ISLAMABAD: Perched on a stool in front of the mirror in the greenroom of the Pakistan National Council of the Arts auditorium on Friday night, opera singer Saira Peter was visibly excited before her perfomance.
Saira is Pakistan’s first opera singer, and brought the unique genre of Sufi opera to the capital for the second time. Joined by her music director Steven Smith and her family, Saira was all smiles. “I have performed in many places in the world but there is nothing like coming home. The love for my country and its people is the greatest motivation in anything I do,” she told Dawn.
Born in Karachi, Saira has lived in London for the last few years. She trained as an operatic singer under Paul Knight, who was a student of English composer Benjamin Britten, a legend in Western classical music. “I am proud to have trained under Paul Knight and think of him as my ustaad,” she said.
The unique genre of Sufi opera she performs is a true labour of love, bringing together her training in the western classical tradition of music and her love for Sufi poetry.
“Sufism is an important part of the Pakistani culture. Sufi poets such as Bulleh Shah and Shah Abdul Lateef Bhittai have woven beautiful messages of peace and love in their poetry and I wanted to bring this tradition to the West in their own musical language,” she said.
Saira is also the director of the Noor Jahan Centre in London, which has promoted Pakistani music and culture in London since 1998.
The performance began an hour late; with the management setting up floral arrangements as the hall slowly began to fill. However, the tardiness was soon forgotten with the first performance of the night by Balochi musican Qadim Hussain. The audience clapped along to the uplifting tunes of the beloved Balochi song Laila O Laila.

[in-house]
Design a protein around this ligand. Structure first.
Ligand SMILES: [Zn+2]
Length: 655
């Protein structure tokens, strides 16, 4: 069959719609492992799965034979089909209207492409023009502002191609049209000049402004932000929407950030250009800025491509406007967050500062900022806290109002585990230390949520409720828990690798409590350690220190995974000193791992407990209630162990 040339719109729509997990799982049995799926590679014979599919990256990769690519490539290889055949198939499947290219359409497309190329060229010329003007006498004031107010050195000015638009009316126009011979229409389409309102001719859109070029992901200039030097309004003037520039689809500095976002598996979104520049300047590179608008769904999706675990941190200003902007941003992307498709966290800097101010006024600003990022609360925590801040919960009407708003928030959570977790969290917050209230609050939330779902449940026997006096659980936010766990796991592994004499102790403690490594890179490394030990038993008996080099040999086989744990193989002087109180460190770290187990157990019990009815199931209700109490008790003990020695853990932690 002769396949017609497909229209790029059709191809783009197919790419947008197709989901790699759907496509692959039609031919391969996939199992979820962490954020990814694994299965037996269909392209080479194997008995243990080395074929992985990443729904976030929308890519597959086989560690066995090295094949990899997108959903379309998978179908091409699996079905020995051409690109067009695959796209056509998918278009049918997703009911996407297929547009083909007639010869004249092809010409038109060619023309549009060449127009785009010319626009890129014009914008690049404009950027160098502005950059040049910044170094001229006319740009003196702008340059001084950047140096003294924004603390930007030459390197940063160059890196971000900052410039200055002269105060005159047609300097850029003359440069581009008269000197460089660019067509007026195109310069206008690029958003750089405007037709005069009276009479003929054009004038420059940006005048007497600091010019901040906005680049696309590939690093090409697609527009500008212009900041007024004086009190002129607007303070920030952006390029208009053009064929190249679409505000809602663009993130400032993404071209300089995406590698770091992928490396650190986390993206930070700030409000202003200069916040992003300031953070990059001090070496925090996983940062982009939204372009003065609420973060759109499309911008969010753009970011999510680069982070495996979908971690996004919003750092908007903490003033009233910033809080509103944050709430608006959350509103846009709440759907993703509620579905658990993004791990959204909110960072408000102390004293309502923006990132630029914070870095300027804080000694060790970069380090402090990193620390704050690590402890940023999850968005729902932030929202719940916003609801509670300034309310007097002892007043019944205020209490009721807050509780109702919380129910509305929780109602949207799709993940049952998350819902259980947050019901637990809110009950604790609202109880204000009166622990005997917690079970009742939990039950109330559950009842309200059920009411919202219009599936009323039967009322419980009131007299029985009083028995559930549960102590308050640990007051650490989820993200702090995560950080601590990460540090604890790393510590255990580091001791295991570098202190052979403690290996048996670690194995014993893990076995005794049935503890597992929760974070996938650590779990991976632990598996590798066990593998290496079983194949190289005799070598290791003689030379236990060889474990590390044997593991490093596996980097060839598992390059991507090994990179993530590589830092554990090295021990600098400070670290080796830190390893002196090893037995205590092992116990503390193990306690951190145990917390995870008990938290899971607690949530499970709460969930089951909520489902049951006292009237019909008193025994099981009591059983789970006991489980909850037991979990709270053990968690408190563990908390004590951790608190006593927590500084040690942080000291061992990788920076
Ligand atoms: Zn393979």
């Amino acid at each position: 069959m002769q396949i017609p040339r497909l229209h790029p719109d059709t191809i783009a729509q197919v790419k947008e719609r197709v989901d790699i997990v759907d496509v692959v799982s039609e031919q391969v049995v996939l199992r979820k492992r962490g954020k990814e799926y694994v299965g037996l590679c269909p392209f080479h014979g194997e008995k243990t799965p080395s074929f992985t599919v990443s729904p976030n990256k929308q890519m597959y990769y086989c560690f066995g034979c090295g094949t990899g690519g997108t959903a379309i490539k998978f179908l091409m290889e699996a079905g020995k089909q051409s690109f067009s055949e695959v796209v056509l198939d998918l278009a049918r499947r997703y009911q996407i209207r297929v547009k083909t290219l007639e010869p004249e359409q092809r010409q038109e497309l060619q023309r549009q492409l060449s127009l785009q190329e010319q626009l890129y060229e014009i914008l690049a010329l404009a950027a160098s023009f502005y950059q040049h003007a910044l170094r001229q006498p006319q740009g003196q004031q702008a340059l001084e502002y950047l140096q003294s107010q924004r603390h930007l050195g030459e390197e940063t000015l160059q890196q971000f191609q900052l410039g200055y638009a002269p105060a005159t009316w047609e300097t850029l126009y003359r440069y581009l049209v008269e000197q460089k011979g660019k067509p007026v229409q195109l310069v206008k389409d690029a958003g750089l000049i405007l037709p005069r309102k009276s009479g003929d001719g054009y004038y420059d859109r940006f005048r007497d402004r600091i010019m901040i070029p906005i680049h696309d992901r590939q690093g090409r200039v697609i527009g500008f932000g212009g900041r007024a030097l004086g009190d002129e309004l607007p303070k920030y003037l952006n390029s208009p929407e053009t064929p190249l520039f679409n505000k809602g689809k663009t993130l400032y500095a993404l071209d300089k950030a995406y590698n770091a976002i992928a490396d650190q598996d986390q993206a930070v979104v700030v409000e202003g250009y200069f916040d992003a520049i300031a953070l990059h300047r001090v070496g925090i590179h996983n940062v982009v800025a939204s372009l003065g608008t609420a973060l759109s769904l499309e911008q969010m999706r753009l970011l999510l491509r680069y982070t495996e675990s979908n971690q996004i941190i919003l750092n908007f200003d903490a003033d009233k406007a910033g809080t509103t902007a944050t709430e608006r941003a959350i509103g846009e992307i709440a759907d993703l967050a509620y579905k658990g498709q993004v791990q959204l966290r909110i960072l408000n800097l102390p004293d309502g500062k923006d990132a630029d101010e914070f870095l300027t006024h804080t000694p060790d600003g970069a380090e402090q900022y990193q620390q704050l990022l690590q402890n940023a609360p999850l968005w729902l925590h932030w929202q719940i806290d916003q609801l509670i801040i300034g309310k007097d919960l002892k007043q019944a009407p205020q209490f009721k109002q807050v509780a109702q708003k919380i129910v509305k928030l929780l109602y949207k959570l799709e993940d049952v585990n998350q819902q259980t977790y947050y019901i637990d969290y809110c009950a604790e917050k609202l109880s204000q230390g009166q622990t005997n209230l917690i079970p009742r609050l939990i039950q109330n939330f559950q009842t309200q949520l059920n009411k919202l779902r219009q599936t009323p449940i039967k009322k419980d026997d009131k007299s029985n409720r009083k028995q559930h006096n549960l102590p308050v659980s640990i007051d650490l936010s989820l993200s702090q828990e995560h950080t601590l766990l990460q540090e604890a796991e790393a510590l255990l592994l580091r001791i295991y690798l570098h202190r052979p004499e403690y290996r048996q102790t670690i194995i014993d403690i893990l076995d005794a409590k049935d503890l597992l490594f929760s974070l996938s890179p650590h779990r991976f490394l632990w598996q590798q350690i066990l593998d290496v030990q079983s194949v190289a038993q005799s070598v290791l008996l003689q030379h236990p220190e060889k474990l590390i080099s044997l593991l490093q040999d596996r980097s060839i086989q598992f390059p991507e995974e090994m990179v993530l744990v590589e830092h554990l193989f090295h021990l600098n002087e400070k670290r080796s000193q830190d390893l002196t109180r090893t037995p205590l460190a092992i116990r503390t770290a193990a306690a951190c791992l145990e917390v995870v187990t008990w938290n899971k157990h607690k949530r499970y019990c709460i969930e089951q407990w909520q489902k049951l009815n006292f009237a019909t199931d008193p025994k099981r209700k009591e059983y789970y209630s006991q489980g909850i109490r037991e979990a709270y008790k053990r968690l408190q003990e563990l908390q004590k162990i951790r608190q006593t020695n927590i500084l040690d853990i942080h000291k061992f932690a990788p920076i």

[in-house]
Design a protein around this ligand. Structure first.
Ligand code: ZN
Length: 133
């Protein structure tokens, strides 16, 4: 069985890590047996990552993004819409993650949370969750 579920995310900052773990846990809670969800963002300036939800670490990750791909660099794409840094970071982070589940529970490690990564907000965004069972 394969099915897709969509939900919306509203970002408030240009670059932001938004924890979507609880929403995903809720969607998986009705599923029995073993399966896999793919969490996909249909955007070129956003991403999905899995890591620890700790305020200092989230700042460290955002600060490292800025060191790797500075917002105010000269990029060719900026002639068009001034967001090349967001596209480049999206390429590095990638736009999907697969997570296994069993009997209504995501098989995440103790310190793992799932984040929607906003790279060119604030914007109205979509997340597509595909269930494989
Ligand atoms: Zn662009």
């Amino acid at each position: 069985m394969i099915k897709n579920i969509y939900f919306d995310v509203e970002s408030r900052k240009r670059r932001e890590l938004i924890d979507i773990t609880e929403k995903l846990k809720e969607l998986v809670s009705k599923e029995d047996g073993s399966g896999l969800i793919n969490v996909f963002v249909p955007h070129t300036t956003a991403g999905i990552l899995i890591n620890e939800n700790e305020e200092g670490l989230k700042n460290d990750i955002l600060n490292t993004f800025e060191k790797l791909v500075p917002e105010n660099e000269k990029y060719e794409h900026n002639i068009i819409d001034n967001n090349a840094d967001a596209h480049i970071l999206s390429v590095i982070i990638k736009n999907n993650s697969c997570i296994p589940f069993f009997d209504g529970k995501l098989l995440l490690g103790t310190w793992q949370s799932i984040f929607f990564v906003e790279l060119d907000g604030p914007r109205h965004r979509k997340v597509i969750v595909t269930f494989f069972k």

Saira began her performance of the night with an English translation of Bhittai. The strength of her voice and her vocal range left many in the audience in awe. Her versatility as an artist and her multicultural roots were reflected in her comfort with the variety of genres she performed, ranging from Beethoven to Madam Noor Jahan.
After performing some songs from her latest album Resplendent, Saira sang Celine Dion’s The Heart Will Go On, a favourite among the audience.
Many members of the audience were pulled by their curiosity to hear an opera singer perform, due to the rarity of such performances. Audience member Vilima Judy Sahotra told Dawn she had brought her son to hear Saira’s performance because he is training as a gospel singer.
“Tonight’s performance was a treat for music lovers and an educational experience for those interested in Western classical music,” she said.
Saira was accompanied by a group of local musicians with whom she performed. Dholak player Jeevay Laal told Dawn he was honoured to perform with such a talented vocalist.
“Her form of music is truly unique, combining Western and Eastern traditions and instruments. Usually Sufi poetry is only accompanied by Eastern instruments and sang in the Eastern style, so adapting it to the operatic style is a true work of art,” he said.
Published in Dawn, April 15th, 2017